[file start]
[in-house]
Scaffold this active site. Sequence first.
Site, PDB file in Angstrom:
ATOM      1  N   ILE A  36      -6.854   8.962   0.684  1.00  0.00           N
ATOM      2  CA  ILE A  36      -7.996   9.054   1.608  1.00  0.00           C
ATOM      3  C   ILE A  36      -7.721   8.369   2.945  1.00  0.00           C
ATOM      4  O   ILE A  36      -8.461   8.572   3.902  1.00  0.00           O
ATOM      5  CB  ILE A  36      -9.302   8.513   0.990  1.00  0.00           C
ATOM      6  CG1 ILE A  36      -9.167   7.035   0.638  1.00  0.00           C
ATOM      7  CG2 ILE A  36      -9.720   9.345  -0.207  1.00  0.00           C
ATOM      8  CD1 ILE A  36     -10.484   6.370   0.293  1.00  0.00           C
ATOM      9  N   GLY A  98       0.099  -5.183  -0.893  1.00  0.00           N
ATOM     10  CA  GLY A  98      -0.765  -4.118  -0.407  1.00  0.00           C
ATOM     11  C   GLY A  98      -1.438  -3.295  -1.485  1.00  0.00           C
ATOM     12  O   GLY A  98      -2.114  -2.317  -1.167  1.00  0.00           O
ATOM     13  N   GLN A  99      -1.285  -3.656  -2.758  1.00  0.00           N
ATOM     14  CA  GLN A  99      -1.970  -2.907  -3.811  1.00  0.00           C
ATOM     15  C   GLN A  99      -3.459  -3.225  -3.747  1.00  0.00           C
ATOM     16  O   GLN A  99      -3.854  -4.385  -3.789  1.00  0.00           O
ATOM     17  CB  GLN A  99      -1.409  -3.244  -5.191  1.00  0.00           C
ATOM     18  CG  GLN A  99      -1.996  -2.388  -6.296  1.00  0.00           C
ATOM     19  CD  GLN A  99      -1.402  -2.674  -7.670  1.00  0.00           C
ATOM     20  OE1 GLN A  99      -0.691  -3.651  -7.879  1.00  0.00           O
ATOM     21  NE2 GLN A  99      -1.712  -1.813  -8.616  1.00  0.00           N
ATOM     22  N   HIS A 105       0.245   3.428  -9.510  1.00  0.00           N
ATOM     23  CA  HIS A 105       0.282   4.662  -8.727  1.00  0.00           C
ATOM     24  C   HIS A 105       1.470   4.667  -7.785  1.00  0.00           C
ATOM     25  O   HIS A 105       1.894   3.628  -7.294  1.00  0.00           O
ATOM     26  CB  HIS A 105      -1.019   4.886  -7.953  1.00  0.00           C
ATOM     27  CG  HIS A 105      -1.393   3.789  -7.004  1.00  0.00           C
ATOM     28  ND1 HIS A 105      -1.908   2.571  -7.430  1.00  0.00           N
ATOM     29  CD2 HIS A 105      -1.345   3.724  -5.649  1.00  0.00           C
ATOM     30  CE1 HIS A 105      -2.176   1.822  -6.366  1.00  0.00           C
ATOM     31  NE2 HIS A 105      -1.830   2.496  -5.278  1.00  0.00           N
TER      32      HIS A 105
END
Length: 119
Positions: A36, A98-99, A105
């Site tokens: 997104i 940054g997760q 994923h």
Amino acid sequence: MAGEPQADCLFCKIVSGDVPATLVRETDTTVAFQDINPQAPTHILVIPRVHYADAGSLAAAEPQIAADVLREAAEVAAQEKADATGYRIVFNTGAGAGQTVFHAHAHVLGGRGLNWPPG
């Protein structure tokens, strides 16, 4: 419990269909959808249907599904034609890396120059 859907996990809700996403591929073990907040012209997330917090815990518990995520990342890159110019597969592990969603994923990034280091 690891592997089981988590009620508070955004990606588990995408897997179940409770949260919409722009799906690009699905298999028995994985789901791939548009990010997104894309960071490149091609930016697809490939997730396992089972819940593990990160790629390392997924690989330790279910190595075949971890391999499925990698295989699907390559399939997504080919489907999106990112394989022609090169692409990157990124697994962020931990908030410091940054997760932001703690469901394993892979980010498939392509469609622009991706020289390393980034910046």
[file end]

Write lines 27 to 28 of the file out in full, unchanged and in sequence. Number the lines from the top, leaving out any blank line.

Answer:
ATOM     24  C   HIS A 105       1.470   4.667  -7.785  1.00  0.00           C
ATOM     25  O   HIS A 105       1.894   3.628  -7.294  1.00  0.00           O